Article

Assimilation

Van C. Tran

in Sociology

ISBN: 9780199756384
Published online November 2012 | | DOI: http://dx.doi.org/10.1093/obo/9780199756384-0101
Assimilation

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The study of immigrant assimilation has had a central place in the discipline of sociology, beginning with sociologists of the Chicago school trying to understand the incorporation of European immigrants and their descendants at the turn of the 20th century. Since 1965, tens of millions of “new” immigrants have arrived, and this influx has rekindled an entire subfield of migration studies in sociology and, to a lesser extent, in anthropology, political science, economics, and history as well. As a result, assimilation research is an interdisciplinary field with a lot of new and exciting scholarships being produced, alongside lively and contentious debates about the fate and fortune of the new second generation (i.e., defined as those who are born in the United States to immigrant parents). Most central to this debate are the theory of straight-line assimilation (and its revised formulations), which was based on the experience of white ethnic groups in the earlier period, and the theory of segmented assimilation, which posits divergent paths for different post-1965 ethnic groups. The study of immigrant assimilation is important because it provides insights on not only how immigrants and their children have been incorporated into the United States, but also how their incorporation might reshape patterns of ethnic and racial inequality. Assimilation also has the potential to affect virtually all aspects of the host society, from its religion and culture to its economy and politics. Because assimilation research is highly interdisciplinary and spans different disciplinary boundaries, an exhaustive bibliography is beyond the scope of this entry. Specifically, this article focuses first and foremost on research done by sociologists, with a primary focus on the United States. Even though assimilation and incorporation are likely to be important factors in most other national and regional contexts, including Europe, Asia, Latin America, and Africa, the majority of the work on this topic has originated in the United States, a country with a significant history of immigrant incorporation. However, this article does strive to include work from a multidisciplinary perspective and relevant comparisons to Europe and other countries when appropriate, although the United States would remain the central point of reference even in these cross-national comparisons. In order to make this effort manageable, this article limits itself to only English-language publications.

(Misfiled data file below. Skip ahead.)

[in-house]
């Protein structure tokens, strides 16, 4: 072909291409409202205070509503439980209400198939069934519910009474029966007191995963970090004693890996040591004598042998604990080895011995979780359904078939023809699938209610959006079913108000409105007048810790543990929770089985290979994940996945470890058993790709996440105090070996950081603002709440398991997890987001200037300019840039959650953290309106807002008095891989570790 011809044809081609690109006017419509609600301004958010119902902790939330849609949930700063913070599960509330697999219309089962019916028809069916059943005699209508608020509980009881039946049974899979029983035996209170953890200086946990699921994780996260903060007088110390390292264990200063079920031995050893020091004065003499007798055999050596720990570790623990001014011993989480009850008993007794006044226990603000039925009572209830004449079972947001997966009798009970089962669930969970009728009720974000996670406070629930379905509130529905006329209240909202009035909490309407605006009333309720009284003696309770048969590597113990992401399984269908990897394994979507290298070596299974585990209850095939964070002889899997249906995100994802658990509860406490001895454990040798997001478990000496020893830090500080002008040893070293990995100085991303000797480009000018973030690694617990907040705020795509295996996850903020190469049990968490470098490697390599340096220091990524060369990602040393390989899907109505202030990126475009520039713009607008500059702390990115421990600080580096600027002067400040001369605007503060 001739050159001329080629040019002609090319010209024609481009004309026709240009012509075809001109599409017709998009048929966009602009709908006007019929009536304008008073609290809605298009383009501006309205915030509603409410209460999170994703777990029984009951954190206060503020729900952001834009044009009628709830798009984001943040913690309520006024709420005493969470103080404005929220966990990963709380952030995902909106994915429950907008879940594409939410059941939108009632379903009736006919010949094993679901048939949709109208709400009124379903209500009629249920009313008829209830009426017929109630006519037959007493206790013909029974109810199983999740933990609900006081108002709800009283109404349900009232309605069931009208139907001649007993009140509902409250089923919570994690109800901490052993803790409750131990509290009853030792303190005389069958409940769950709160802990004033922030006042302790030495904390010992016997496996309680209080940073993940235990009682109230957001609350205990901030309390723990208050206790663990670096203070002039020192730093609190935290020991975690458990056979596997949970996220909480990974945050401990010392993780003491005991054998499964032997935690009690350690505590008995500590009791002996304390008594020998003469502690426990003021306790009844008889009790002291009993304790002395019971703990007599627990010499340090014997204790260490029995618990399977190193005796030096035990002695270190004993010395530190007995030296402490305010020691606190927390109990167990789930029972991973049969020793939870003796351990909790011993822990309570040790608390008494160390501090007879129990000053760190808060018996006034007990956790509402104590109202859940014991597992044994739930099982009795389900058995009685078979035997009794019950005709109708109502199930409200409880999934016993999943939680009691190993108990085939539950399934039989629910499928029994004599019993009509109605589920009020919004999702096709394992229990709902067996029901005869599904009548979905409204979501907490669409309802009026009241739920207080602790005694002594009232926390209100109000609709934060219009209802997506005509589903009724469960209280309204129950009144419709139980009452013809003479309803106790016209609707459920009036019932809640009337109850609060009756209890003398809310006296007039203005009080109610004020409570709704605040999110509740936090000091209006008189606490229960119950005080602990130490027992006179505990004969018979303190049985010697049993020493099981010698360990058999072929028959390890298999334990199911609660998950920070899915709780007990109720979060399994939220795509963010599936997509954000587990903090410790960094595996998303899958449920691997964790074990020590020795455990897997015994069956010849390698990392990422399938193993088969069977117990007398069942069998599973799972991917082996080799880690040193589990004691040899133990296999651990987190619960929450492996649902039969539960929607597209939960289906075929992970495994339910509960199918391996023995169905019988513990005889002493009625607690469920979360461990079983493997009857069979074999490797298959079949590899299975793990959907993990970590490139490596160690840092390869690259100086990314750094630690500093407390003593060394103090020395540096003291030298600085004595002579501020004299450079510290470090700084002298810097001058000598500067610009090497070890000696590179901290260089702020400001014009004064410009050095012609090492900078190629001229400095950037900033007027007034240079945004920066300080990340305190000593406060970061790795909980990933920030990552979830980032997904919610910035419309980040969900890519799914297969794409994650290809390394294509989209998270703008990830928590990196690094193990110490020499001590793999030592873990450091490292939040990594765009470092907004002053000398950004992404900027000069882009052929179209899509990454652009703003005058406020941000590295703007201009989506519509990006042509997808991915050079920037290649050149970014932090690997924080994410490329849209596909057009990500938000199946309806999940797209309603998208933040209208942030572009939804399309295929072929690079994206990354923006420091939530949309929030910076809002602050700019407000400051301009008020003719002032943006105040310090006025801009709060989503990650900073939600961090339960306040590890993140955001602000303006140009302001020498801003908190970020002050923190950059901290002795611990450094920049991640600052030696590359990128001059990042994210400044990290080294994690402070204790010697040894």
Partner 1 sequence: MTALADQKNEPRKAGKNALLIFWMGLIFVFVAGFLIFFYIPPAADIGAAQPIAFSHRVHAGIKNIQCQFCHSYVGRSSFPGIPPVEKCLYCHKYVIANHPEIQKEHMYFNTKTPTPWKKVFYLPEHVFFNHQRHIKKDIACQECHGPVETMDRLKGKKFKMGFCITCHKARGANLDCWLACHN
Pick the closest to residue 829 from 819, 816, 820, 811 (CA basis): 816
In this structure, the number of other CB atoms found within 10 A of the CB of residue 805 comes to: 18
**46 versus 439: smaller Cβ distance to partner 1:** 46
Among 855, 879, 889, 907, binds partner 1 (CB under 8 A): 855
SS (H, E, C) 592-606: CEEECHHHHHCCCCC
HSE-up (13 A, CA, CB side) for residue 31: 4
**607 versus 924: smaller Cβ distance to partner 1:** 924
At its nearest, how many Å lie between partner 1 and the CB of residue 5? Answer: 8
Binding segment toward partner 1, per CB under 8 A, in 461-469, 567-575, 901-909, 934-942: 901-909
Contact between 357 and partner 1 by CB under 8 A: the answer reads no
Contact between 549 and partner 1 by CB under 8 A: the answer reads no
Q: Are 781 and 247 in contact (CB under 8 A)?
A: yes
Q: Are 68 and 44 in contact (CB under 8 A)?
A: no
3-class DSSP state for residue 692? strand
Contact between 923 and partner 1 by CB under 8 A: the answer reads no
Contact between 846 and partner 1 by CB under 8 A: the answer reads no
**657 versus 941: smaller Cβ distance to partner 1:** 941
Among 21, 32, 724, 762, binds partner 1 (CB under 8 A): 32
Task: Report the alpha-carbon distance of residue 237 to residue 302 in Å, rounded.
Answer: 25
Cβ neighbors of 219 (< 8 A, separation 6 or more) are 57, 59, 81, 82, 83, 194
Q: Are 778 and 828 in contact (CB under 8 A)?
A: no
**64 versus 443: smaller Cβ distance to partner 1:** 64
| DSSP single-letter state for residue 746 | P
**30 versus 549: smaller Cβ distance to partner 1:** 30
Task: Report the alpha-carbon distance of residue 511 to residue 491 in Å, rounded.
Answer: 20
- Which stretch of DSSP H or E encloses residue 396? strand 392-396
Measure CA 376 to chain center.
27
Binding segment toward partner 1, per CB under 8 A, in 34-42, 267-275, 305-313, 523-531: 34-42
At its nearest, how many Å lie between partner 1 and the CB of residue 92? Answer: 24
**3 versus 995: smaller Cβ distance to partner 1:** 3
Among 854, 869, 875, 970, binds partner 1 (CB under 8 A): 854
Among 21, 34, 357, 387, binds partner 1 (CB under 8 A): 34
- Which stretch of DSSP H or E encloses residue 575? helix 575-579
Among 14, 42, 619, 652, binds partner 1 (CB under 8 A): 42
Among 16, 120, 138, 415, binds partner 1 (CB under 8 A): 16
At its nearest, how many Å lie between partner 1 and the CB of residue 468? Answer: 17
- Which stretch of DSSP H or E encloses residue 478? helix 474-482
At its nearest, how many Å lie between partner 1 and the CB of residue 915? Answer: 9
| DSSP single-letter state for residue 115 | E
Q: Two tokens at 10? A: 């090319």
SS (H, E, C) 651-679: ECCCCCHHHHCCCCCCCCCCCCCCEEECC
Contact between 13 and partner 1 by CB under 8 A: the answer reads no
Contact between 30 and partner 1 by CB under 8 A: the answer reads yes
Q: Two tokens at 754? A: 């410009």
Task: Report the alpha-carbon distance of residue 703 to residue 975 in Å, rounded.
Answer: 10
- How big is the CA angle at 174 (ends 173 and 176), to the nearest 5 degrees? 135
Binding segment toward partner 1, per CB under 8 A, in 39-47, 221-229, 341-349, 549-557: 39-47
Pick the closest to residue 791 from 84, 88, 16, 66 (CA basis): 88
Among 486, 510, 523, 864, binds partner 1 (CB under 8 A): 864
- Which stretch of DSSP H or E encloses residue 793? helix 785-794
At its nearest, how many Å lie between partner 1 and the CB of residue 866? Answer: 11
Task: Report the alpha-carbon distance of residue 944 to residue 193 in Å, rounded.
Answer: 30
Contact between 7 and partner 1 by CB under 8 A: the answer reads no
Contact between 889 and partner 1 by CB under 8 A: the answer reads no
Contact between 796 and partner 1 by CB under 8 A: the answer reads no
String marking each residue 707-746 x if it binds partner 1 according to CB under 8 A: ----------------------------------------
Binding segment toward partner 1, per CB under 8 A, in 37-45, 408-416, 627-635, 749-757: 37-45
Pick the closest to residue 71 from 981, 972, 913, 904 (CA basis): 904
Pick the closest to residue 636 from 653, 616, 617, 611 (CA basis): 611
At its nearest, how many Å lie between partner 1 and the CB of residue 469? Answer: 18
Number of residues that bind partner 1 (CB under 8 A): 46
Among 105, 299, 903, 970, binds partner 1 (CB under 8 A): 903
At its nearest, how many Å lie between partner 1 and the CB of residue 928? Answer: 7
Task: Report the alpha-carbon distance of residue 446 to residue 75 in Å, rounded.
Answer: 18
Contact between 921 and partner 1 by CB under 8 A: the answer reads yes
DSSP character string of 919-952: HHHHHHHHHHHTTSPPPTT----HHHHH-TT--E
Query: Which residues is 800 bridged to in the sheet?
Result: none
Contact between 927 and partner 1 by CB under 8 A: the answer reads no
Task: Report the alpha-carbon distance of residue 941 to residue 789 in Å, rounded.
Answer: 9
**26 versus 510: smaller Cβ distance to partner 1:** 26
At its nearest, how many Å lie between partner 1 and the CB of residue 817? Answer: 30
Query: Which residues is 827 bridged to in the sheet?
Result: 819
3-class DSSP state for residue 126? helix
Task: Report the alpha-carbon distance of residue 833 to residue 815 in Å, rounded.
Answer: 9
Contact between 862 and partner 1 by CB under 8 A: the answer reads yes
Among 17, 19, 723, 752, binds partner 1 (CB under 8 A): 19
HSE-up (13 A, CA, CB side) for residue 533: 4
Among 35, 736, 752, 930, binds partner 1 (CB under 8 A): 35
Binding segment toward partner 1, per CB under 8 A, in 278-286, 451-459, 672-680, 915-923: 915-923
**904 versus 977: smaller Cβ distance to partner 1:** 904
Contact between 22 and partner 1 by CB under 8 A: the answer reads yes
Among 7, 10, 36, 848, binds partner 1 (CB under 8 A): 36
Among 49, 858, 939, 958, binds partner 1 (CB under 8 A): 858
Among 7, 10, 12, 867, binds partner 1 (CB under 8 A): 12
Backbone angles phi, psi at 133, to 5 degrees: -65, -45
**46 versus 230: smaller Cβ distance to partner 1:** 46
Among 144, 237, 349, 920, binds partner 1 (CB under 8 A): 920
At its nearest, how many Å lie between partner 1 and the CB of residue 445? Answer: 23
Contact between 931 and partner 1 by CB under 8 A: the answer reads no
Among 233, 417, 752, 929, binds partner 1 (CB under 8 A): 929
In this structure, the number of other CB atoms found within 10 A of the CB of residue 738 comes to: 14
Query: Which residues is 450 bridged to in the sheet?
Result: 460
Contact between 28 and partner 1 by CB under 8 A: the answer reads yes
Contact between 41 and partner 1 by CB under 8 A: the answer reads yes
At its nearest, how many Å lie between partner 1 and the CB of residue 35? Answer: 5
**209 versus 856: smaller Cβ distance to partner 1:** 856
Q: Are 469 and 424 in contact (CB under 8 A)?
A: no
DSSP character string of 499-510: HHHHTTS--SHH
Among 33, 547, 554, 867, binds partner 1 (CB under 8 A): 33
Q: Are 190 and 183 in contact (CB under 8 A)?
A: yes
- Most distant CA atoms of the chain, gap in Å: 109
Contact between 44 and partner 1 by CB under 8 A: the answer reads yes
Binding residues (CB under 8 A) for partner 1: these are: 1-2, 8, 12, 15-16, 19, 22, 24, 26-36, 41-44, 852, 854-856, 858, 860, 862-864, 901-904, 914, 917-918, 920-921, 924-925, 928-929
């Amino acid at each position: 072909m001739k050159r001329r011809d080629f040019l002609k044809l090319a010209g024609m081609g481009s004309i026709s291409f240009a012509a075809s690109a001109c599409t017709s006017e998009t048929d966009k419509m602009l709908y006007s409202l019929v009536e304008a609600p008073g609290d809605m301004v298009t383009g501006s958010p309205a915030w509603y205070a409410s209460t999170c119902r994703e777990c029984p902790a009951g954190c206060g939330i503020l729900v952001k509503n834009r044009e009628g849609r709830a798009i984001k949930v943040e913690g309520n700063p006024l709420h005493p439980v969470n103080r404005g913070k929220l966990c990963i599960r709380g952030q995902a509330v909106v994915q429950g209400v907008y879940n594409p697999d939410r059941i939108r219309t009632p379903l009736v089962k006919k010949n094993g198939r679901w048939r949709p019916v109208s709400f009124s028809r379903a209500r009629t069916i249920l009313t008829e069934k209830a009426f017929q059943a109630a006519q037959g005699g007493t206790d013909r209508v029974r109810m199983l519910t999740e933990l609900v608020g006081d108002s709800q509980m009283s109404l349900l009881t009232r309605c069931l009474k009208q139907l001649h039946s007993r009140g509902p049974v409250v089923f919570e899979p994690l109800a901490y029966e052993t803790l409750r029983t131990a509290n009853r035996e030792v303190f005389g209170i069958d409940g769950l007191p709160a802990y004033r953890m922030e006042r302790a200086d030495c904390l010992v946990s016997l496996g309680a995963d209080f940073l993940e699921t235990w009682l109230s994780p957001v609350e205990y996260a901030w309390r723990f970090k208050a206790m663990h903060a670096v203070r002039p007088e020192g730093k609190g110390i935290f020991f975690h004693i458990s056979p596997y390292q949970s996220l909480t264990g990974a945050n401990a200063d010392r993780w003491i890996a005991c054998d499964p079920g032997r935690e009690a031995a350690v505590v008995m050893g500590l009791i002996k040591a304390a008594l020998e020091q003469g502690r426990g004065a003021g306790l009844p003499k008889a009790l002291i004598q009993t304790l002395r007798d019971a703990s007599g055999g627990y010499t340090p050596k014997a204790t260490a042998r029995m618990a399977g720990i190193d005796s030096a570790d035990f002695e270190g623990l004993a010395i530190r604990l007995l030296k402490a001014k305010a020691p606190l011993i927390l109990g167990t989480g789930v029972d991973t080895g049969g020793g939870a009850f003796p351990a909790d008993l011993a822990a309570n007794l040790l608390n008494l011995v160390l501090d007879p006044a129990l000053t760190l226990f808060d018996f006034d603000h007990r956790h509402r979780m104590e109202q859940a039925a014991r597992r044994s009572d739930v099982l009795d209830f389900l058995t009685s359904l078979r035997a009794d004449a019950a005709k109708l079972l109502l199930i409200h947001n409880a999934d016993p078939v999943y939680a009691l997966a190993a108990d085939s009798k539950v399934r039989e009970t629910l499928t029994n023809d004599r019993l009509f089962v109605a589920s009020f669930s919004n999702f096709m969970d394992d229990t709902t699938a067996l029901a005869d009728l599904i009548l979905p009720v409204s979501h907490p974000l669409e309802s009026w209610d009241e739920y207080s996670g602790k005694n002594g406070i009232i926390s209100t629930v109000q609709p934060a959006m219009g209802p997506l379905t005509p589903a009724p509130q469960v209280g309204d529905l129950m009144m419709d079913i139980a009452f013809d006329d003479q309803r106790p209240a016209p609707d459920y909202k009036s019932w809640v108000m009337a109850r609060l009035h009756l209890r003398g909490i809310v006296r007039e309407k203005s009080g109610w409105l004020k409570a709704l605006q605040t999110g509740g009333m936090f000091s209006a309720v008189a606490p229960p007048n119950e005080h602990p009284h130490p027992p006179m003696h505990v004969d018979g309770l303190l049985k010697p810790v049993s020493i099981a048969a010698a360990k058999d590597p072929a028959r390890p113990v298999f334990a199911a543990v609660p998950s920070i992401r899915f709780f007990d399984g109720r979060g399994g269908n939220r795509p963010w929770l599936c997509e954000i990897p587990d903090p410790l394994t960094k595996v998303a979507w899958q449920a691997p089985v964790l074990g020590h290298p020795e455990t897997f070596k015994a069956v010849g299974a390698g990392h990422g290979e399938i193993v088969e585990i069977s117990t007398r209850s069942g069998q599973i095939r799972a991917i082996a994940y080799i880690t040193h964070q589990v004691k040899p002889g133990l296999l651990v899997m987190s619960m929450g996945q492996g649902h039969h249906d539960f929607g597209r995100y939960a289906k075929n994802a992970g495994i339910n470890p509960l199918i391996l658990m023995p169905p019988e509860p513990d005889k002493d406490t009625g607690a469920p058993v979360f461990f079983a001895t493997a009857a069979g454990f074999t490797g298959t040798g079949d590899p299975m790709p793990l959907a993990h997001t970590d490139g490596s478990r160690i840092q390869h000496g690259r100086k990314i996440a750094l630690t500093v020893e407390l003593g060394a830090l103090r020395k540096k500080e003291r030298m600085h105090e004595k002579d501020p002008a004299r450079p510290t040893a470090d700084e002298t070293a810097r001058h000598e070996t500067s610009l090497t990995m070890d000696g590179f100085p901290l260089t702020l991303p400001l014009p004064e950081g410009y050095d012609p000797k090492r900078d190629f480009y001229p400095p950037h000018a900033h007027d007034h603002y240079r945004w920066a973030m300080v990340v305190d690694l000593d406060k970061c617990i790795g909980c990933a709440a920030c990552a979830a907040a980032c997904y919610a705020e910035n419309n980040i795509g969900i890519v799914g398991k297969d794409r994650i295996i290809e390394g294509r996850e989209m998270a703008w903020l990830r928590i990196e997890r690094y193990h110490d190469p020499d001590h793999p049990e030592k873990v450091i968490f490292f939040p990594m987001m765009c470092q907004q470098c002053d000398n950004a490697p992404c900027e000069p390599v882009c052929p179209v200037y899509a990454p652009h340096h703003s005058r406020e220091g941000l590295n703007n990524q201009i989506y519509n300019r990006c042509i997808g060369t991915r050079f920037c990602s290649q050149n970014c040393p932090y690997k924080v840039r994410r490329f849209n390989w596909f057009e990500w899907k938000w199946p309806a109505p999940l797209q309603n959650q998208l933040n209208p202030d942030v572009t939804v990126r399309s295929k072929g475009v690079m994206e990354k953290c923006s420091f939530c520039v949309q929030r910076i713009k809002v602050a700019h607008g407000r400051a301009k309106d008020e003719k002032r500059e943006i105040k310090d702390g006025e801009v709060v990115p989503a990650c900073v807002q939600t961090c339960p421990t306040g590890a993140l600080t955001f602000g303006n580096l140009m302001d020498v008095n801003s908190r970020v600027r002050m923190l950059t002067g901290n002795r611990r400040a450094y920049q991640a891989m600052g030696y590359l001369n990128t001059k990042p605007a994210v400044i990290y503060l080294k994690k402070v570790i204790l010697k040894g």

Article.  16087 words. 

Subjects: Sociology ; Comparative and Historical Sociology ; Economic Sociology ; Gender and Sexuality ; Health, Illness, and Medicine ; Population and Demography ; Race and Ethnicity ; Social Movements and Social Change ; Social Stratification, Inequality, and Mobility ; Social Theory

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